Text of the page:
How we view the world around us is fundamental to the process of forming values and beliefs and to how we respond to what we think we're seeing around us.
For example, if you've lost a house two times to a tornado is less than one year -- which happened recently to one man in northwest Alabama -- you start to think, "Maybe I shouldn't live here."
For years now, the collective "we" has perceived manufacturing as something important to our nation's well-being -- but not necessarily what we want to do in terms of our own career.
It's pretty much common knowledge that millions of jobs have been lost in manufacturing. So why would I want to work in a factory, where my chances of getting laid off are exceedingly high? That's been the perception.
And like with many things in life dealing with perception, there is probably a kernel of truth there.
| Dean Barber: "We have our work cut out for us." |
So it's not surprising that most parents haven't been especially keen on the idea of their sons or daughters taking a career path into manufacturing, even if manufacturing has been posting job gains for two years now.
(For more on the perception gap in U.S. manufacturing, read "Kennametal CEO Calls on Executives to Talk up Manufacturing's Strengths."
No, make 'em be doctors or lawyers or such.
"Mamas, if they have a choice of their kid going to a four-year college versus going into a manufacturing training program, guess which one they are going to choose?" says Danny Collins, an HR consultant serving the automotive industry in Alabama.
Jeff Moad, executive editor with Manufacturing Executive, asserts that the prevailing perceptions by the public today derive in part from the actions of industry itself.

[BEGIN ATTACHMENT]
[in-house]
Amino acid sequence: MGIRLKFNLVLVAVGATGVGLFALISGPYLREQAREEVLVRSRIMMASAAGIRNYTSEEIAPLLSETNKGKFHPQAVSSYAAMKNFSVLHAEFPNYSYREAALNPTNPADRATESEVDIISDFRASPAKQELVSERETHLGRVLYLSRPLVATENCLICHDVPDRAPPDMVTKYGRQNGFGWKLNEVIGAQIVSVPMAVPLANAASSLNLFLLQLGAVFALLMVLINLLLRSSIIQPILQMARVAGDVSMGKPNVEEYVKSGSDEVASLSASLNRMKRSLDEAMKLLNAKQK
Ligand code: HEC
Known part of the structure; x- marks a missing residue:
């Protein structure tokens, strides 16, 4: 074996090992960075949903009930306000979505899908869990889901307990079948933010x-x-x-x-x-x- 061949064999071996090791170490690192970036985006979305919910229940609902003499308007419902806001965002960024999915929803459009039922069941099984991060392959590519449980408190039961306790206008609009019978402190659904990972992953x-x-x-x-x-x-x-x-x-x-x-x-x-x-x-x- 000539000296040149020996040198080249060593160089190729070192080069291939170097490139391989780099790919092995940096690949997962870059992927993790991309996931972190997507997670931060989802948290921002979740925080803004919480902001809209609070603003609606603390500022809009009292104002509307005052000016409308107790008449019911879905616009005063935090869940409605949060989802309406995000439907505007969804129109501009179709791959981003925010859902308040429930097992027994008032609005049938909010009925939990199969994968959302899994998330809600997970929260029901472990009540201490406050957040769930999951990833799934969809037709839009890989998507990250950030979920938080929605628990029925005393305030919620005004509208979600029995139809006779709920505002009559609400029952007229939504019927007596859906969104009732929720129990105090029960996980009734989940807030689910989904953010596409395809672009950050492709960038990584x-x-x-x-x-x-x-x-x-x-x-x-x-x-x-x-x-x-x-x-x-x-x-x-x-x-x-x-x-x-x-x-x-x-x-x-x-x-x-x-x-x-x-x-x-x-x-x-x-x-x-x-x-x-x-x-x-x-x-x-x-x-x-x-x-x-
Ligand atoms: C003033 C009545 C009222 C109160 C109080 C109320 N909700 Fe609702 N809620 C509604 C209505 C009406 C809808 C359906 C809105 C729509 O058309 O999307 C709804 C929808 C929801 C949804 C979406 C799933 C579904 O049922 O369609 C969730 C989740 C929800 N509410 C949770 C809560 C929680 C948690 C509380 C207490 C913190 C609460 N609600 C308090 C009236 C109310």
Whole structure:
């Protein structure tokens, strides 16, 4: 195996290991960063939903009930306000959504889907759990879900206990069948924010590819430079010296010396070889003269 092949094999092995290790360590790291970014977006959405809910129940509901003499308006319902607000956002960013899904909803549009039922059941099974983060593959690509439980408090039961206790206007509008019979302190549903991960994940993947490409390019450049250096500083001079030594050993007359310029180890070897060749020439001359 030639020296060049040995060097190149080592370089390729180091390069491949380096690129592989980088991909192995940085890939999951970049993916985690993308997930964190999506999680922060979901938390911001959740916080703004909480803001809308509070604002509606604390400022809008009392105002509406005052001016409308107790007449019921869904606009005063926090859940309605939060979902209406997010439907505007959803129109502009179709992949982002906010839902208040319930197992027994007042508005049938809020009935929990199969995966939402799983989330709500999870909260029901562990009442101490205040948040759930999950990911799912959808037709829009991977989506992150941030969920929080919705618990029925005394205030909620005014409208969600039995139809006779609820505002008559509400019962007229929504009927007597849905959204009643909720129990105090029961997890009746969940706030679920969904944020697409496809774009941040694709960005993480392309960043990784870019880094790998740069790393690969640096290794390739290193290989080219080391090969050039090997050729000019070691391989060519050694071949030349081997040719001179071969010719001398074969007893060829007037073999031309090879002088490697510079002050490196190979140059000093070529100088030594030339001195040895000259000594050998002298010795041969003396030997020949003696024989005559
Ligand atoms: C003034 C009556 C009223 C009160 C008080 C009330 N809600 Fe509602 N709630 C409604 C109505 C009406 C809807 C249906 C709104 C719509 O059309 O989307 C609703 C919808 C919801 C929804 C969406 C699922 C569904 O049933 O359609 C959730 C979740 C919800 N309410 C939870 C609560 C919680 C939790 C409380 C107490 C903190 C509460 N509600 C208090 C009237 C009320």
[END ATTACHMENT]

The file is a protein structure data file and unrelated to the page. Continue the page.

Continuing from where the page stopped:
"To some extent, manufacturing in this country has created this problem by pursuing this outsourcing strategy without much consideration of the impact on the attitude about manufacturing as a career," Moad says.
For corporate decision makers, the choice to offshore may have seemed obvious at the time. We can realize huge savings by shutting down our plant in Anywhere, USA, only to reopen a new facility in Mexico, or China, or wherever we perceive operating costs to be lower.
And as we all know, that strategy was pursued in a wholesale fashion, and entire communities and families were devastated.
Where is that Next Generation?
But do we not think of how this might impact the next generation, the sons and daughters of those plant workers who lost their jobs as a result of an offshoring decision?
Now, years later, that plant in China or Mexico may not have played out to be the great idea after all. Now reshoring is being examined for reasons of costs and quality.
But where are today's skilled plant workers with training and experience?
Where are the motivated young people wanting a career in manufacturing?
What message have we conveyed to them?
Just how do they (young people with career choices before them) view us, the manufacturers?
Here's a revolutionary thought: You reap what you sow.
Try This and See What Happens
Greg Knight, vice president of Columbus, Ohio-based AMT Machine Systems, suggests conducting a little experiment.
In a social setting with a group of people, try suggesting that manufacturing just might be an alternative to a traditional four-year college degree.
"The reaction will be, 'No, my kid needs to go to college.' A career in manufacturing is not seen as a legitimate choice," says Knight. "You cannot change ideas on this in a short period of time. This is about cultural change, and it will take a lot of time and a lot of work."
In the recently released "Public Pulse on American Manufacturing" by Deloitte, only 33% of parents indicated that they would encourage their child to pursue a career in manufacturing, only 19% of school systems are perceived to encourage students to pursue careers in manufacturing, and only 17% of students report being encouraged by their parents to pursue a career in manufacturing.
So clearly the challenge is to change perceptions of both parents and young people, says Moad.
"So we can talk all we want about creating training programs and apprenticeship programs and providing the right resources for training, but at the same time you also have to create a demand for those resources among potential employees -- the next generation of employees," he says.
Right now we are in a presidential campaign season. Candidates roam the country offering ways to "bring the jobs back." But many manufacturers are saying the jobs are already here.
What's missing are the skilled workers needed to fill them. Widely held perceptions -- indeed misconceptions -- about what manufacturing is and represents are partly to blame for the skills gap.